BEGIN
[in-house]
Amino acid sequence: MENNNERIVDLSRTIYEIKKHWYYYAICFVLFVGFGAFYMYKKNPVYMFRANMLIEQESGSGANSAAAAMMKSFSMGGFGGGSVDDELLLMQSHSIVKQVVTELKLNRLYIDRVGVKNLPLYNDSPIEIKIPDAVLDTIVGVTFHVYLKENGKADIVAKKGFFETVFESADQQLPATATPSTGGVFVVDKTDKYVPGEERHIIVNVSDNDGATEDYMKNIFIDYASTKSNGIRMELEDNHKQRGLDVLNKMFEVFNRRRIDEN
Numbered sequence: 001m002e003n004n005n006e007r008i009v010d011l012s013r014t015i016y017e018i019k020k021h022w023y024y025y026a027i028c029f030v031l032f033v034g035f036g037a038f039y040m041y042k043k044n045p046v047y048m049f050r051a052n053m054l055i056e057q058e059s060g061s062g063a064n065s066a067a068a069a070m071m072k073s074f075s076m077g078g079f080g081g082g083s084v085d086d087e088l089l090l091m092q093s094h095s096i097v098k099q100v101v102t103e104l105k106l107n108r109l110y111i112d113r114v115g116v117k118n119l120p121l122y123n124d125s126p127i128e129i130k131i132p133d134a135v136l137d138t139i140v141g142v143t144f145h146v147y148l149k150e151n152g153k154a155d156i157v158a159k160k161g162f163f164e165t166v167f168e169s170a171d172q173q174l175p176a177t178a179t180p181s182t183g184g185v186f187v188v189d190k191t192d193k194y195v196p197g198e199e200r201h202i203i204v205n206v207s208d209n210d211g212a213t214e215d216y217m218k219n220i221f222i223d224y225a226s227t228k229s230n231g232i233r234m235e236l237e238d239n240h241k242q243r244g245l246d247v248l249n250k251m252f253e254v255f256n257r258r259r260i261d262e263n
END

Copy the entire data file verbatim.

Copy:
[in-house]
Amino acid sequence: MENNNERIVDLSRTIYEIKKHWYYYAICFVLFVGFGAFYMYKKNPVYMFRANMLIEQESGSGANSAAAAMMKSFSMGGFGGGSVDDELLLMQSHSIVKQVVTELKLNRLYIDRVGVKNLPLYNDSPIEIKIPDAVLDTIVGVTFHVYLKENGKADIVAKKGFFETVFESADQQLPATATPSTGGVFVVDKTDKYVPGEERHIIVNVSDNDGATEDYMKNIFIDYASTKSNGIRMELEDNHKQRGLDVLNKMFEVFNRRRIDEN
Numbered sequence: 001m002e003n004n005n006e007r008i009v010d011l012s013r014t015i016y017e018i019k020k021h022w023y024y025y026a027i028c029f030v031l032f033v034g035f036g037a038f039y040m041y042k043k044n045p046v047y048m049f050r051a052n053m054l055i056e057q058e059s060g061s062g063a064n065s066a067a068a069a070m071m072k073s074f075s076m077g078g079f080g081g082g083s084v085d086d087e088l089l090l091m092q093s094h095s096i097v098k099q100v101v102t103e104l105k106l107n108r109l110y111i112d113r114v115g116v117k118n119l120p121l122y123n124d125s126p127i128e129i130k131i132p133d134a135v136l137d138t139i140v141g142v143t144f145h146v147y148l149k150e151n152g153k154a155d156i157v158a159k160k161g162f163f164e165t166v167f168e169s170a171d172q173q174l175p176a177t178a179t180p181s182t183g184g185v186f187v188v189d190k191t192d193k194y195v196p197g198e199e200r201h202i203i204v205n206v207s208d209n210d211g212a213t214e215d216y217m218k219n220i221f222i223d224y225a226s227t228k229s230n231g232i233r234m235e236l237e238d239n240h241k242q243r244g245l246d247v248l249n250k251m252f253e254v255f256n257r258r259r260i261d262e263n